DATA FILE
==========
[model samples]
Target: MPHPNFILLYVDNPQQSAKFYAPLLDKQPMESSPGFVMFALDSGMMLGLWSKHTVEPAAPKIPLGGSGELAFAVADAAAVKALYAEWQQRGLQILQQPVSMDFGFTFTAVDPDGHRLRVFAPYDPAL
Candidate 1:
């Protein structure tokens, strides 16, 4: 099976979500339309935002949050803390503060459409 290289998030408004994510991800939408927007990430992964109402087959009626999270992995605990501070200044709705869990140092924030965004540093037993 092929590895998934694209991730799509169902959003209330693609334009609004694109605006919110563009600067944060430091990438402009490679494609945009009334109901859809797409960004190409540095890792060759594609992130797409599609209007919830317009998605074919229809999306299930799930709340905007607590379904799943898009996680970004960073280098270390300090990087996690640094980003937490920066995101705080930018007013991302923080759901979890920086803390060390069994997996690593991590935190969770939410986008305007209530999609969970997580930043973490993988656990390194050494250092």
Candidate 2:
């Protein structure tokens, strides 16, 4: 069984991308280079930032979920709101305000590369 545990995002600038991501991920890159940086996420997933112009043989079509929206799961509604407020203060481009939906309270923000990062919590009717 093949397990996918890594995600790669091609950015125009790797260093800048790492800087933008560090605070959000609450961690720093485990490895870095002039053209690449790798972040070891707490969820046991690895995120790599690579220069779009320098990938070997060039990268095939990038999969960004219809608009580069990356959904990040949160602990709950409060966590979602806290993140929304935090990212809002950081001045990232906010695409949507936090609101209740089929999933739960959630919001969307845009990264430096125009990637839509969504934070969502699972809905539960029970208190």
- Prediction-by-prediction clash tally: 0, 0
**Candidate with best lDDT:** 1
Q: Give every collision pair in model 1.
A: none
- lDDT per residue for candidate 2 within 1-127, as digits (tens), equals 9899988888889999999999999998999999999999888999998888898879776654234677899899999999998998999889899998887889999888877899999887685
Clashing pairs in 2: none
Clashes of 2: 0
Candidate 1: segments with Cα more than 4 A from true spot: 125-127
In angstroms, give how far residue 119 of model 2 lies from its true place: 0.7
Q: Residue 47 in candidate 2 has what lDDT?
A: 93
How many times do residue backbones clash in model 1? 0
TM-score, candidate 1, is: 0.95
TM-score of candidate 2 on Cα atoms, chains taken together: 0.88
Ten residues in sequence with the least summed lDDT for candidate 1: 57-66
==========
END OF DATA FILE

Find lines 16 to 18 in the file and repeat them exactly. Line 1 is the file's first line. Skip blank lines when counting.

Q: Residue 47 in candidate 2 has what lDDT?
A: 93
How many times do residue backbones clash in model 1? 0